The continued use of a generic, uninformative "check engine" light in cars keeps car owners in the dark about the condition of their vehicle, and ensures they stay dependent and subordinate to car dealers and mechanics. The frustrating thing is it doesn't have to be that way.
Why The ‘Check Engine’ Light Must Be Banned
Let's look at exactly what the "check engine" light does in a car, and how it works. To understand it, first we need to understand what On Board Diagnostics (OBD) are — I know for many Jalops this is review, but bear with me.
Every car sold today has an on-board computer system that monitors many, many sensors and conditions in a car's drivetrain, and reports back when there is an error. This has its roots, of all places, in the 1969 Volkswagen Type III, one of the first cars with electronic fuel injection. The "electronic" part of that meant that there was a crude computer brain that managed the system, and could scan for error conditions. Other manufacturers soon had their own systems, and by 1996 an actual, standardized system, called OBD-II, was developed and mandated by law for inclusion in all cars sold in the USA.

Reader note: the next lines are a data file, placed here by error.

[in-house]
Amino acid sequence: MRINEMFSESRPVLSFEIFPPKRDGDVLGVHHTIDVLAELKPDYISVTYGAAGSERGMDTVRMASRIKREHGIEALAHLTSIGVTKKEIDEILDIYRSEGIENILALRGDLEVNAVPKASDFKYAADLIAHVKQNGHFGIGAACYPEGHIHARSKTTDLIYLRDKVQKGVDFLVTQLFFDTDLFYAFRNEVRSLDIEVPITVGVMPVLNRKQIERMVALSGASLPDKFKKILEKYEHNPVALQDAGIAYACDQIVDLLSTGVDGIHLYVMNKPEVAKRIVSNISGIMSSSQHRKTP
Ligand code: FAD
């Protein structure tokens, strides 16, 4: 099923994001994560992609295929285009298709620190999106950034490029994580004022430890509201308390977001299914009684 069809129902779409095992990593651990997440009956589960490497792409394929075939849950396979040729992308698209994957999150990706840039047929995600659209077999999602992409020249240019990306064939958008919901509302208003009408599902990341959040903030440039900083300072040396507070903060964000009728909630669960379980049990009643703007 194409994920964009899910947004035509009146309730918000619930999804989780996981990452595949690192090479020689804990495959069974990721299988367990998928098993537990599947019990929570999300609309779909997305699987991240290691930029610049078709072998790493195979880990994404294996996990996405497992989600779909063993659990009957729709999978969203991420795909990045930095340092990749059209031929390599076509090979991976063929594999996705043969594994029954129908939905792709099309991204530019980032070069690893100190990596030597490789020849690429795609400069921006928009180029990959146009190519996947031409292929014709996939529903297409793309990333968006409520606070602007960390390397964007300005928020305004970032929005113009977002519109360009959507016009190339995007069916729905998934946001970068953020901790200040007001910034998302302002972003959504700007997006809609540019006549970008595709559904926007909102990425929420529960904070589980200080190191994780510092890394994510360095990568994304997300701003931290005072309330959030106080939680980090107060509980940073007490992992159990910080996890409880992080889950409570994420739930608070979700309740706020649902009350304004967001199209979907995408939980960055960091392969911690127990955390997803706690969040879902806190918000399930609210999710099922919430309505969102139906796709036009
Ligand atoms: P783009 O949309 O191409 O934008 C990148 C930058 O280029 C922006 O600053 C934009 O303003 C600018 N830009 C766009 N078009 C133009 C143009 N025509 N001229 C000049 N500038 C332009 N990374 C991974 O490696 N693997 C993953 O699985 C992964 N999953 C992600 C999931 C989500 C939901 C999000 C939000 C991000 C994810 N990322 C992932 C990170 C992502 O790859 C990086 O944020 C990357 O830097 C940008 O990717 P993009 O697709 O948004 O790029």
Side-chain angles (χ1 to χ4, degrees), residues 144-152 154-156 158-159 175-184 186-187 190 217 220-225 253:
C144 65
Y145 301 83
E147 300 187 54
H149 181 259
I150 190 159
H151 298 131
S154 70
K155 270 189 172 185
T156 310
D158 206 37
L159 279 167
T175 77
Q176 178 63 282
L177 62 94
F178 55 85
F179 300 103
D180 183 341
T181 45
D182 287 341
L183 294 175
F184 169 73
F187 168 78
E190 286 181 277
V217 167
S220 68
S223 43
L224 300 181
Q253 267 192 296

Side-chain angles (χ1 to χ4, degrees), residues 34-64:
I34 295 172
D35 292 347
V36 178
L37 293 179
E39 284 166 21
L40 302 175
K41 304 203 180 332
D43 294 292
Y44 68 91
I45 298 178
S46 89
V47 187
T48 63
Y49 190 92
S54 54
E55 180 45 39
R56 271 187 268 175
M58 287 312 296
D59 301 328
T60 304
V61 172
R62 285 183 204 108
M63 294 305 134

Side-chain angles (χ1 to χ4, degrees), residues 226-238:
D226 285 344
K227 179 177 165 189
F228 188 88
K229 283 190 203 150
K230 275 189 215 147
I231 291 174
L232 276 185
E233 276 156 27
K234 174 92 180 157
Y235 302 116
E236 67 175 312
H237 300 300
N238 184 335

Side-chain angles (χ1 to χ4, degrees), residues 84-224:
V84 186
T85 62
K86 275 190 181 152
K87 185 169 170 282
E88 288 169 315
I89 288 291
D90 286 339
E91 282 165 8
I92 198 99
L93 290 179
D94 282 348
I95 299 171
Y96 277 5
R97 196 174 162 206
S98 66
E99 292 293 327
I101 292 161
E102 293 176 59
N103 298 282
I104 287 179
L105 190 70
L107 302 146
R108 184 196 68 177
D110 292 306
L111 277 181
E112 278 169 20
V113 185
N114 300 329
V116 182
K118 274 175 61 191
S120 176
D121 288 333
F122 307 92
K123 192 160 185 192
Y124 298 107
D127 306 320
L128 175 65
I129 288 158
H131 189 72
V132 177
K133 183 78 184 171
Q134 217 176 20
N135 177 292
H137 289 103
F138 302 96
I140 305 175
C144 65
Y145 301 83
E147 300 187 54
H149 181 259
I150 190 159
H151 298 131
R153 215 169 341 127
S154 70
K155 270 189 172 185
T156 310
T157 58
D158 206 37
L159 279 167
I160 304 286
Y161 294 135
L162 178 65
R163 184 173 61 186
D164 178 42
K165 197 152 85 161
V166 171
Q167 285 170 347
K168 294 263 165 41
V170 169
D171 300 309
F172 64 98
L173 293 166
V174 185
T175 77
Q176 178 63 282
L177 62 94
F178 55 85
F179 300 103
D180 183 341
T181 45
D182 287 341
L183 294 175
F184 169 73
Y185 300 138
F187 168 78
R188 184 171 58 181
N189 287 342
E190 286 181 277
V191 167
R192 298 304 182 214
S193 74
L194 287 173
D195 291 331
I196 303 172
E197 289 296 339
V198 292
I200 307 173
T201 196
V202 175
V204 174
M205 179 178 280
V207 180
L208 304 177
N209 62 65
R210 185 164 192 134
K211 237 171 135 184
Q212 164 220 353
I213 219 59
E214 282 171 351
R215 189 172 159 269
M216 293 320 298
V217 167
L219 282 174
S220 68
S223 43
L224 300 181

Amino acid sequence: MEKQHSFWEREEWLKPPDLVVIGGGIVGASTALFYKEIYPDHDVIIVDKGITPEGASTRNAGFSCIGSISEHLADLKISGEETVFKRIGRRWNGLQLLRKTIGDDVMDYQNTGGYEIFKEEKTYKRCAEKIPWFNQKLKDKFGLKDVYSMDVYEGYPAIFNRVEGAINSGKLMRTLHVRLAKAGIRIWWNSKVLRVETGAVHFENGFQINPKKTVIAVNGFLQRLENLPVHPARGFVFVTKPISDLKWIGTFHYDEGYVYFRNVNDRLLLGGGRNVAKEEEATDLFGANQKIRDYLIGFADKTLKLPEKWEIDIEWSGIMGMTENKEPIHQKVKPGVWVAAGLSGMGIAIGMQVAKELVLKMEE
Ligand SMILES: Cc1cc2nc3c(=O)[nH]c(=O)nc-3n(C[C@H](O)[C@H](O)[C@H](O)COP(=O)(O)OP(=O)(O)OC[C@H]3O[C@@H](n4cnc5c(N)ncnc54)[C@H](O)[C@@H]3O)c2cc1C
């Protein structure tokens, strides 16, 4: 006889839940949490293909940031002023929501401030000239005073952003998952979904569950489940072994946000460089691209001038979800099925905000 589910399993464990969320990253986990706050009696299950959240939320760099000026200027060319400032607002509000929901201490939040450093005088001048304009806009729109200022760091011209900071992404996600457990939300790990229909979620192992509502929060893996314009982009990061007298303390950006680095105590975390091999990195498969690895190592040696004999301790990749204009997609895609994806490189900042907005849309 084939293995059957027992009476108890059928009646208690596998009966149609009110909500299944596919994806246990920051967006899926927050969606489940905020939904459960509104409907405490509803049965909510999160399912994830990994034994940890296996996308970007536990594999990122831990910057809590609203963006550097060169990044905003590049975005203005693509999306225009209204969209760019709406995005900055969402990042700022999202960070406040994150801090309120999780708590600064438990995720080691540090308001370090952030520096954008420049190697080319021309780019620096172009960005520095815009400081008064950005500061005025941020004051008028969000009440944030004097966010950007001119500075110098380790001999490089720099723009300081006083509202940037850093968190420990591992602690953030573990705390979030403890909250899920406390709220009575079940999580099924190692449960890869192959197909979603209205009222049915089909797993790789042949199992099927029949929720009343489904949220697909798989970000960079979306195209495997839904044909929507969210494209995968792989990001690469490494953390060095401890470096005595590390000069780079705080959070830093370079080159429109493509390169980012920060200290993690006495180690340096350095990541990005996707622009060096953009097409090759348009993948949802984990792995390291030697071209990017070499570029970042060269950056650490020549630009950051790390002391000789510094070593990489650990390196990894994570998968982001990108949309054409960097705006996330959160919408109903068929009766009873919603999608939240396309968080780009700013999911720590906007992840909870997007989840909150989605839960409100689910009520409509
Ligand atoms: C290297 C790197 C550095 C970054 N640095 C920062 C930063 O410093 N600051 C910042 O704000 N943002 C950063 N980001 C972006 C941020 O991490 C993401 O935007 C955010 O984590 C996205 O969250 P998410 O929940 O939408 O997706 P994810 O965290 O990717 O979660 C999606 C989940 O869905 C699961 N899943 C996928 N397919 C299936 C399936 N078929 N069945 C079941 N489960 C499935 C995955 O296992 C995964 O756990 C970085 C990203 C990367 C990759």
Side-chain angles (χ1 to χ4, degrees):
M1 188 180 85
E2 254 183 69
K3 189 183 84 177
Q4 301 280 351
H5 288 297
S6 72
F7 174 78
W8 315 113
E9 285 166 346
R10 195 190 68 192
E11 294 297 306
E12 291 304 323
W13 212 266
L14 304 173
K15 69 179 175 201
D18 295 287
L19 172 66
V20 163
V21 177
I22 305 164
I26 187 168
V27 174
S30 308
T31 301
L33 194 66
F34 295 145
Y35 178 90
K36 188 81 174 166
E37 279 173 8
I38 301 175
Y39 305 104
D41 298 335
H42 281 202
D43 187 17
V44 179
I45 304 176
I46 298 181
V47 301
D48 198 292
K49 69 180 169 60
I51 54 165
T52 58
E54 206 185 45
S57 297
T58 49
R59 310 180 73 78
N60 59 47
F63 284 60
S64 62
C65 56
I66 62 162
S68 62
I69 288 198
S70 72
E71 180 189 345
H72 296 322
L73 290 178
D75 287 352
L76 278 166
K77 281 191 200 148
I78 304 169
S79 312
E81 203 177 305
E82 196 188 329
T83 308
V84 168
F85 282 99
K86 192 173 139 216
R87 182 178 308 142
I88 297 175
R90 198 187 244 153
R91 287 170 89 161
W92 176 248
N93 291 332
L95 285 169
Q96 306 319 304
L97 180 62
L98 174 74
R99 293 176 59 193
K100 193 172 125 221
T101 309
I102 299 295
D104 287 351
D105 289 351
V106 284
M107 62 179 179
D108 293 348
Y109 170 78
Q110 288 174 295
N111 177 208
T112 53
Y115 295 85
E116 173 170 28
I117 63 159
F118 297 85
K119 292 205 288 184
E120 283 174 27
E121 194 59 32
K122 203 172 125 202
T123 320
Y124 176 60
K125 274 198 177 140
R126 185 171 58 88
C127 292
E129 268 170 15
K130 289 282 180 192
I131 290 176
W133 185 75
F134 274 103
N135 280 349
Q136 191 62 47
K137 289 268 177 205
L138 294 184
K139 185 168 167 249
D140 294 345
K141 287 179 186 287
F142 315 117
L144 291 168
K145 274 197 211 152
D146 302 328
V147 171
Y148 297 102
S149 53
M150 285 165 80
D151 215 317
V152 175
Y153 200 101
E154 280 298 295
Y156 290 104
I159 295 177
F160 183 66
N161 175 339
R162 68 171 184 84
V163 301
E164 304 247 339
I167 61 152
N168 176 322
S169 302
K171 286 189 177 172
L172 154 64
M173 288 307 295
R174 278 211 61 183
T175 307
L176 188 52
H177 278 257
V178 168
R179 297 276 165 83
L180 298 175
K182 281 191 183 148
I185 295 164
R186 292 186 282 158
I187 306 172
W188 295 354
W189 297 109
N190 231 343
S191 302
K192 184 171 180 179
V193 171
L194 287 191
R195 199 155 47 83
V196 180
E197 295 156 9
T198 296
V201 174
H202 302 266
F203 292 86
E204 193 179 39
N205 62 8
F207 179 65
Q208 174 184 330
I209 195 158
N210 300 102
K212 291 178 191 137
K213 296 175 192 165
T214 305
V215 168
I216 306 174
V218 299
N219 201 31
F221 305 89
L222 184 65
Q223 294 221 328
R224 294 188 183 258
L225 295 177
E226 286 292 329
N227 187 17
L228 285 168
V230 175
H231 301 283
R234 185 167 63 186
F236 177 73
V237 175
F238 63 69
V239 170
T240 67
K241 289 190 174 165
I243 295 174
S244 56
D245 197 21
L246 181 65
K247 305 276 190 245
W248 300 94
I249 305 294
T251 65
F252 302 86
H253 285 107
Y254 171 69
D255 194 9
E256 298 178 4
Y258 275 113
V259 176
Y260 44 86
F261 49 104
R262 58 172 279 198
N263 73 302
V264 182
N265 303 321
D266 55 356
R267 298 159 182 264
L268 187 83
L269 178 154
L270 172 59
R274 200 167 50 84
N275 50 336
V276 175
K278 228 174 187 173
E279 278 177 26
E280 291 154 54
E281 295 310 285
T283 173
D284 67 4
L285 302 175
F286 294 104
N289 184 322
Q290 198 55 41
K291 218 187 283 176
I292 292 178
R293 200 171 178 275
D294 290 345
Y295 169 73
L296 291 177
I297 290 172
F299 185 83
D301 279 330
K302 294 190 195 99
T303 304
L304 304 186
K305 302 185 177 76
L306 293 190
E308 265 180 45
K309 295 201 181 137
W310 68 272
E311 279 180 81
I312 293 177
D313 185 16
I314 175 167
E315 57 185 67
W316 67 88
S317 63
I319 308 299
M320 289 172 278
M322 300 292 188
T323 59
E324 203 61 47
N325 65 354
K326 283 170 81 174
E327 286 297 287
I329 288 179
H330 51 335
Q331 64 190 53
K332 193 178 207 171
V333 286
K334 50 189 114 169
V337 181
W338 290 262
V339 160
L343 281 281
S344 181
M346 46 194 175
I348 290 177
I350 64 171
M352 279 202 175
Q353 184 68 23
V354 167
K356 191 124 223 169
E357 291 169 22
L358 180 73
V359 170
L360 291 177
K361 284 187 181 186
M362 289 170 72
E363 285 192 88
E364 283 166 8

OBD-II is actually a terrific system. A global standard for helping to diagnose car issues, with standard connectors and error codes? What's not to like?
What's not to like is that when something goes wrong, all the average motorist sees is that little drawing of an engine bisected by a lightning bolt. And all that tells them is basically nothing. The "check engine" light is the MIL (Malfunction Indicator Light) of the OBD-II system, and illuminates whenever a fault is detected. To see exactly what sort of fault takes a "special scanner" that plugs into the OBD-II connector. These scanners are almost always owned by mechanics or dealers. Independent people can buy scanners as well, or cables to connect laptops, smart phones, etc., but people who will do that are not the ones who need to worry about the check engine lights.